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New Study Shows Celiac Disease on the Rise, Striking Later in Life

Scientists suspect environmental factors fueling higher celiac disease rates, older patients. 10/26/2010 - A recent study shows that, since 1974, the rate of celiac disease has doubled every fifteen years, and that celiac rates increase as people grow older, with many developing the disease in their 50s or 60s.

The Center for Celiac Research led the study, which looked at 3,511 volunteers who submitted blood samples in 1974 and 1989, along with updates every two to three years until 2007.

Because researchers in the study surveyed the same people over time, says Mayo Clinic gastroenterologist Dr. Joseph Murray, the study adds weight to the concept that celiac disease can emerge at any age.

The study results also echo those of a 2008 Finnish study that found that elderly people had rates of celiac disease nearly two and a half times higher than the general population.

The fact that celiac disease seems to be increasing among older age groups is significant because, if someone can be gluten-tolerant for 40 or 50 years before developing celiac disease, environmental factors may outweigh genetic causes for the disease, says Alessio Fasano, director of the Center for Celiac Research.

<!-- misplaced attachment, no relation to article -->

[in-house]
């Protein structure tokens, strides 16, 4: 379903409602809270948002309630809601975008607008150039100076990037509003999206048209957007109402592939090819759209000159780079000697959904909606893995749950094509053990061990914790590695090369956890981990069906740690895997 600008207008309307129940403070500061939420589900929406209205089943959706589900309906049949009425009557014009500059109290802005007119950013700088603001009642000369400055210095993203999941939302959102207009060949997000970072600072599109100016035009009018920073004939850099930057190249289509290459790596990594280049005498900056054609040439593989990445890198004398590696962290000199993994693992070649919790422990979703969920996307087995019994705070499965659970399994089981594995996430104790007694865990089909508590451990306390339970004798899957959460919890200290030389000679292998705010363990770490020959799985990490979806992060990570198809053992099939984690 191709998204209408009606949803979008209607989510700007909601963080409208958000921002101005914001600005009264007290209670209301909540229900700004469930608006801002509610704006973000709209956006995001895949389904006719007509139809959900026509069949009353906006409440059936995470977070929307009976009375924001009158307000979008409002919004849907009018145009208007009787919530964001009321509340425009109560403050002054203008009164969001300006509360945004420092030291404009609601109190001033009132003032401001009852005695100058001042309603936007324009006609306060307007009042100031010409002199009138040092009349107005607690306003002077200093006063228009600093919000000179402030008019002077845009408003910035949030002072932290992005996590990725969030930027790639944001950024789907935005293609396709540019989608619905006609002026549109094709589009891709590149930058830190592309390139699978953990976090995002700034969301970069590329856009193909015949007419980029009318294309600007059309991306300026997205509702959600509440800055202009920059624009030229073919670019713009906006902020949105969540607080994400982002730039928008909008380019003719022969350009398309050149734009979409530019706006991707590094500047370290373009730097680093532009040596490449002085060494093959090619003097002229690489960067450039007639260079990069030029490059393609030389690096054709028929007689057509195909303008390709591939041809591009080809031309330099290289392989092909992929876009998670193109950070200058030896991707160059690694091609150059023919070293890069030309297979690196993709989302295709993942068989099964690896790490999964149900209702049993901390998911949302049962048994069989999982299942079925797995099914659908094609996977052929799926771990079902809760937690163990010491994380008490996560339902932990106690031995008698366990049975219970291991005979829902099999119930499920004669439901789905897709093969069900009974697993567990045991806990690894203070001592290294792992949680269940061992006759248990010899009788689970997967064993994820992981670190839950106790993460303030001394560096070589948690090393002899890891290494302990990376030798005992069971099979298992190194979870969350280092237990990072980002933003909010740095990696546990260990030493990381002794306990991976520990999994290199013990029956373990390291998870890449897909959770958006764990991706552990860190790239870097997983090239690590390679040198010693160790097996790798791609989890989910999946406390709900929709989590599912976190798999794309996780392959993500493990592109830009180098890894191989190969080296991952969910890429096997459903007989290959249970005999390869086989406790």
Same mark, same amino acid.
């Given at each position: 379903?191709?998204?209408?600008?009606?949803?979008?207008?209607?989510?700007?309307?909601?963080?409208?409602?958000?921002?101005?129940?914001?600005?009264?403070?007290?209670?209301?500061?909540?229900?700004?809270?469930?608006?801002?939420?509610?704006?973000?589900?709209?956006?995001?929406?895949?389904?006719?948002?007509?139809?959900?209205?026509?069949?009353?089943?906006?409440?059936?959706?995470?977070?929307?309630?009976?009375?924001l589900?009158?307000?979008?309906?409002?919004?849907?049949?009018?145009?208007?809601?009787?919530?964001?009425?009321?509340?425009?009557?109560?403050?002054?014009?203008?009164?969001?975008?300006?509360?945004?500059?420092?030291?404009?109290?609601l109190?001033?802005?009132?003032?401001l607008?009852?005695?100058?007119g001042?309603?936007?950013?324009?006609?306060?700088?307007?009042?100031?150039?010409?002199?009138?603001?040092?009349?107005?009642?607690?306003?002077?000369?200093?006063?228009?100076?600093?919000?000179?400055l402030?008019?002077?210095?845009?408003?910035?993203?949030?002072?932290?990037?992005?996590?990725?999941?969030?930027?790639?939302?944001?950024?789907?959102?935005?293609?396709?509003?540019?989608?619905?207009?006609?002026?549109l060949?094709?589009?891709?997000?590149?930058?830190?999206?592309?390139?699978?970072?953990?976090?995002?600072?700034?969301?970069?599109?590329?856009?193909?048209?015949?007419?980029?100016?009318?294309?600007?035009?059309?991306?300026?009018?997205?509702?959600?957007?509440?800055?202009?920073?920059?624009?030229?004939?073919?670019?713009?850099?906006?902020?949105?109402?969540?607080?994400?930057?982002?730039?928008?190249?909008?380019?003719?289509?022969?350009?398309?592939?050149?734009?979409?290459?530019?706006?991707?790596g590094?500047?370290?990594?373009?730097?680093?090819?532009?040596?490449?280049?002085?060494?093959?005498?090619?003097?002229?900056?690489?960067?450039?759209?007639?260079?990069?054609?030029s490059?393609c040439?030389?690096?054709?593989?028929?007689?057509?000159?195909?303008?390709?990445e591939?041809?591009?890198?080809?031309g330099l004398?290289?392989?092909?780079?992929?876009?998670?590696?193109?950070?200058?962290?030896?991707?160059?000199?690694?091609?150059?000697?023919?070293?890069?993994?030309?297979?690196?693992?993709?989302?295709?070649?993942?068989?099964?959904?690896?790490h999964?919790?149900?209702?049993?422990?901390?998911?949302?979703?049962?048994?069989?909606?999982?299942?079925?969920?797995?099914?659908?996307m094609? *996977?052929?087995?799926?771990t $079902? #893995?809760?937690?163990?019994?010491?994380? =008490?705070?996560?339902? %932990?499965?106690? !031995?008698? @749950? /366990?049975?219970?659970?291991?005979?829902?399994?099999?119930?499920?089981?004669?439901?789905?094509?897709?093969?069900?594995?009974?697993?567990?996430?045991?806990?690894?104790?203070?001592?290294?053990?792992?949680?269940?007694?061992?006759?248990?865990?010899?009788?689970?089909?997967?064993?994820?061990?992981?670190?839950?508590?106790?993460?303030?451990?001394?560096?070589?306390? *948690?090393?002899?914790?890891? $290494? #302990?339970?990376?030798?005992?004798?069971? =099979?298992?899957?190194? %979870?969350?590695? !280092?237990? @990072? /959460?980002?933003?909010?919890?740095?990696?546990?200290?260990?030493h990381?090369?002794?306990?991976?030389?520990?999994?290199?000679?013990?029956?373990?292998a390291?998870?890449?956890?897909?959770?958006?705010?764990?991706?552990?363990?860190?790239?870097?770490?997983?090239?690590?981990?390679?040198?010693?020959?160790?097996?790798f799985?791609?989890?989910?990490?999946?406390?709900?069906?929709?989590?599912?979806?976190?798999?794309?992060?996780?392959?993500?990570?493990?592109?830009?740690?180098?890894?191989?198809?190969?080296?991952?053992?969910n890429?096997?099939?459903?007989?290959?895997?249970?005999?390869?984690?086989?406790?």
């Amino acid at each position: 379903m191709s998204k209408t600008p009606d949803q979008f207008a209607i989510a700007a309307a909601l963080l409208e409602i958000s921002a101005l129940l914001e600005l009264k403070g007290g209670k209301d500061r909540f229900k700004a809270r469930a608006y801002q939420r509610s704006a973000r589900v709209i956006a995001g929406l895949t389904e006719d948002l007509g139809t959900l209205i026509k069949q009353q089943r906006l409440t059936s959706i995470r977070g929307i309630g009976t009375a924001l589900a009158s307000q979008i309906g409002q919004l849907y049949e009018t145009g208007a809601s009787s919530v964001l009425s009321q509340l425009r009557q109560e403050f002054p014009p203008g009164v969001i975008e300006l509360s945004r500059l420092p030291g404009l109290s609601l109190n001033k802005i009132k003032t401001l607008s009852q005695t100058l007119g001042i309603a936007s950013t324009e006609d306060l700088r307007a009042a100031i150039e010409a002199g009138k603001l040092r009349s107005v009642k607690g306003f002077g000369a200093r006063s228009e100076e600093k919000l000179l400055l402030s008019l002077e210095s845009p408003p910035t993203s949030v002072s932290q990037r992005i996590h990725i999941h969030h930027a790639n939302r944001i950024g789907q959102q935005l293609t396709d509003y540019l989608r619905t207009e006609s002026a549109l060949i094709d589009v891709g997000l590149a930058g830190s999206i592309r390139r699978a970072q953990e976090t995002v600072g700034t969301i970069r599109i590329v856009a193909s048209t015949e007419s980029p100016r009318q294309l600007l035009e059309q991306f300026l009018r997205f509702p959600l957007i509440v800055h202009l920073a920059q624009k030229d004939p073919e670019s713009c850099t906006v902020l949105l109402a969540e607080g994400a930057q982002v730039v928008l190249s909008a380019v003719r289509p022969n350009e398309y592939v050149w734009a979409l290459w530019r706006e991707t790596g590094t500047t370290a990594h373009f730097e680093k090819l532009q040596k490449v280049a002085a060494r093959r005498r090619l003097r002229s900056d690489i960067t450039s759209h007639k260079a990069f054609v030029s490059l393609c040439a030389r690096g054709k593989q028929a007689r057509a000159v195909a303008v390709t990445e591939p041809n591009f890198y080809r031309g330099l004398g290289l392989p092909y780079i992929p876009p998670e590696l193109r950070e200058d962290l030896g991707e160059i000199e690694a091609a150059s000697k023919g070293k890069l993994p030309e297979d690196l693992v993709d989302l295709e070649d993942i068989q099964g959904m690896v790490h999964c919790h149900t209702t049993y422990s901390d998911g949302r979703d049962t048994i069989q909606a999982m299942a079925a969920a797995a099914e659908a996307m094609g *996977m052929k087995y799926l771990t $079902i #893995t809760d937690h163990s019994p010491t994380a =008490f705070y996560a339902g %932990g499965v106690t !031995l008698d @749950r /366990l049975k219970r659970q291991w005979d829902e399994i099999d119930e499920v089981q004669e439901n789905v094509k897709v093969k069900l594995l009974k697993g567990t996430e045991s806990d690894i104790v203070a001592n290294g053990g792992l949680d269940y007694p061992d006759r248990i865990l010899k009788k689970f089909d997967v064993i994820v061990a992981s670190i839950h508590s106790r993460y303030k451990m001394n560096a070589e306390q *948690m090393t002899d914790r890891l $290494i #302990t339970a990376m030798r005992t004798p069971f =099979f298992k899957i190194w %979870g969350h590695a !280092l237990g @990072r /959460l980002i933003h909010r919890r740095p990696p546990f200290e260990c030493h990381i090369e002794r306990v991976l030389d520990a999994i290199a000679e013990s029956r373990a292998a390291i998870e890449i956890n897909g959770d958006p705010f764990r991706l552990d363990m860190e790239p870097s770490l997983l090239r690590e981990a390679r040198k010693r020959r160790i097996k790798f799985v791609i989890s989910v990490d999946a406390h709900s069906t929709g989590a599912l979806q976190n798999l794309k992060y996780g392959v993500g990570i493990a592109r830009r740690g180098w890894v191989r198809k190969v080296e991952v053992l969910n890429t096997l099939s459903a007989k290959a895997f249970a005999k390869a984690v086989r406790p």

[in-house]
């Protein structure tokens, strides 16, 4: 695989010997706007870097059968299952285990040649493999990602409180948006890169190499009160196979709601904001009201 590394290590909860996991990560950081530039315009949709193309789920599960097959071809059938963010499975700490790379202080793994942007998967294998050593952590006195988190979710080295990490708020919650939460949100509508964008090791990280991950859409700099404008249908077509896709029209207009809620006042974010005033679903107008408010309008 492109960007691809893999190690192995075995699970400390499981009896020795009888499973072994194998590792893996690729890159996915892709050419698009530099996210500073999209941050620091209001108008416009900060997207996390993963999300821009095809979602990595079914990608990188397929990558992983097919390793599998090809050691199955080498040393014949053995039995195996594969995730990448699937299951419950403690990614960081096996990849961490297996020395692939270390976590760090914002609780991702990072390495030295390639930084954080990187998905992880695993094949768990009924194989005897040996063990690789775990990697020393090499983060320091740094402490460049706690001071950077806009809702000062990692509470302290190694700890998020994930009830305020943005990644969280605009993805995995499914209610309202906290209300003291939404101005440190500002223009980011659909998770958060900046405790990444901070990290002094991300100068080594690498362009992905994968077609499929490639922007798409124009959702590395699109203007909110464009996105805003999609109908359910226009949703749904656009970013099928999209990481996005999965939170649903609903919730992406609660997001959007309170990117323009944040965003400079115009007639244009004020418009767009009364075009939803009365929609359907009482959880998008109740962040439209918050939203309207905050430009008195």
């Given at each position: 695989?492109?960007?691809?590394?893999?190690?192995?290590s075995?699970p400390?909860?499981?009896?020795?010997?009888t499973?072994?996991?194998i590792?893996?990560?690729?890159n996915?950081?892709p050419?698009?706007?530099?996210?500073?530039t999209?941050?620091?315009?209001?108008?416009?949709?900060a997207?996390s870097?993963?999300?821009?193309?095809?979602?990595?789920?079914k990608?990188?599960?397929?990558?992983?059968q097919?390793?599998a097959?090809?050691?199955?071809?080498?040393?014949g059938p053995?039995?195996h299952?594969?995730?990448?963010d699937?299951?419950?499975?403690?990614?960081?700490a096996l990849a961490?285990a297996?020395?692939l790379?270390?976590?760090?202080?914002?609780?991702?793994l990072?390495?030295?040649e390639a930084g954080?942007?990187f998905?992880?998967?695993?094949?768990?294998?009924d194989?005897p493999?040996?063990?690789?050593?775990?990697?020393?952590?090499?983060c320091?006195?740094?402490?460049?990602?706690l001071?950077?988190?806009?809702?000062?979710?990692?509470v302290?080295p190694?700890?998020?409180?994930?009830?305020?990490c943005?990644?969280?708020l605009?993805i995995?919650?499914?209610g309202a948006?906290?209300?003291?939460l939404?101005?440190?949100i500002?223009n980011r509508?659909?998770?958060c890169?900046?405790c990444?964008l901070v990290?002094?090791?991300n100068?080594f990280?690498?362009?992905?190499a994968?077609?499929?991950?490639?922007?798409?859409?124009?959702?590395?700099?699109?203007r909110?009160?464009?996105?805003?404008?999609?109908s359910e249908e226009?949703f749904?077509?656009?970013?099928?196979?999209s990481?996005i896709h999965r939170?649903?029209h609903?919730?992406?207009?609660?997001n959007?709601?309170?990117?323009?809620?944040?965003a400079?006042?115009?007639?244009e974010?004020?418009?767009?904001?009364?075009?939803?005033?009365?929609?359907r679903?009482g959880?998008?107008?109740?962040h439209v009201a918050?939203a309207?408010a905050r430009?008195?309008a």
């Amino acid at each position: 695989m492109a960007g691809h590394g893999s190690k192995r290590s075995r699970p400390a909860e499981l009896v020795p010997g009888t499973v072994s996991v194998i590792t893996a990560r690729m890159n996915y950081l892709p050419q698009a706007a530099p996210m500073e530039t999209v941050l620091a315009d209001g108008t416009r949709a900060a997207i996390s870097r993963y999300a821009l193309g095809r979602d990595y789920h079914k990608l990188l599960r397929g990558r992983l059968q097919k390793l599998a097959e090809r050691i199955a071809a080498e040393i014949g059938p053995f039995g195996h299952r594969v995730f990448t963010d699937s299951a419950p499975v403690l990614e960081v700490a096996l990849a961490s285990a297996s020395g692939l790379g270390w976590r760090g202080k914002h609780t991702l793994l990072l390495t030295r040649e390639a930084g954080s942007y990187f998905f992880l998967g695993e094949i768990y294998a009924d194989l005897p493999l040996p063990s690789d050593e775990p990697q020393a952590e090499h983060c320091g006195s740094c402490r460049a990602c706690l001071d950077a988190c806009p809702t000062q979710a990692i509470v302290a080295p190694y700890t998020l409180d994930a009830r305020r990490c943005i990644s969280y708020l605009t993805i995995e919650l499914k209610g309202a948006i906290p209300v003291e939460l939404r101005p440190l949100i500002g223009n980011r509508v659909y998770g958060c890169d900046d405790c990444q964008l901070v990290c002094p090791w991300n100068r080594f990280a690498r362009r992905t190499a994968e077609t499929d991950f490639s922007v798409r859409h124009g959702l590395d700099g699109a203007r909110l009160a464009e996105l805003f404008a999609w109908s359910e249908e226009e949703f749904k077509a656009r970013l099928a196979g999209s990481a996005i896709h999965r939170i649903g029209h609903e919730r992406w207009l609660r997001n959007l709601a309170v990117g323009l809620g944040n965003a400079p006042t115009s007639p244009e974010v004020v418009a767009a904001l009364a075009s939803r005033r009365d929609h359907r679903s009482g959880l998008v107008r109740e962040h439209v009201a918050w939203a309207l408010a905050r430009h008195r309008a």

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Fasano says that other unknown environmental changes and changes in "the composition of bacteria in our guts" may be causing gluten autoimmunity to present itself later in life.

Although researchers have identified specific genetic markers for the development of celiac disease, the exact way in which people lose tolerance to gluten remains unknown.

However, it's important to understand that even people who have the genetic markers in question are not fated to develop an autoimmune disease, says Fasano. That's because recent study shows "that environmental factors cause an individual's immune system to lose tolerance to gluten, given the fact that genetics was not a factor in our study since we followed the same individuals over time," he says.

If environmental factors do play a role in celiac disease, then it will be interesting to see if certain areas and regions have high celiac rates that are not due to genetic factors.

More importantly, the research team notes that by identifying the environmental factors behind celiac disease, researchers may lead to better treatment and possible prevention of celiac disease and other autoimmune disorders, including type 1 diabetes, rheumatoid arthritis and multiple sclerosis.

Annals of Medicine: October 2010, Vol. 42, No. 7 , Pages 530-538
doi:10.3109/07853890.2010.514285 welcomes your comments below (registration is NOT required).

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6 Responses:

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said this on
27 Oct 2010 12:21:35 PM PDT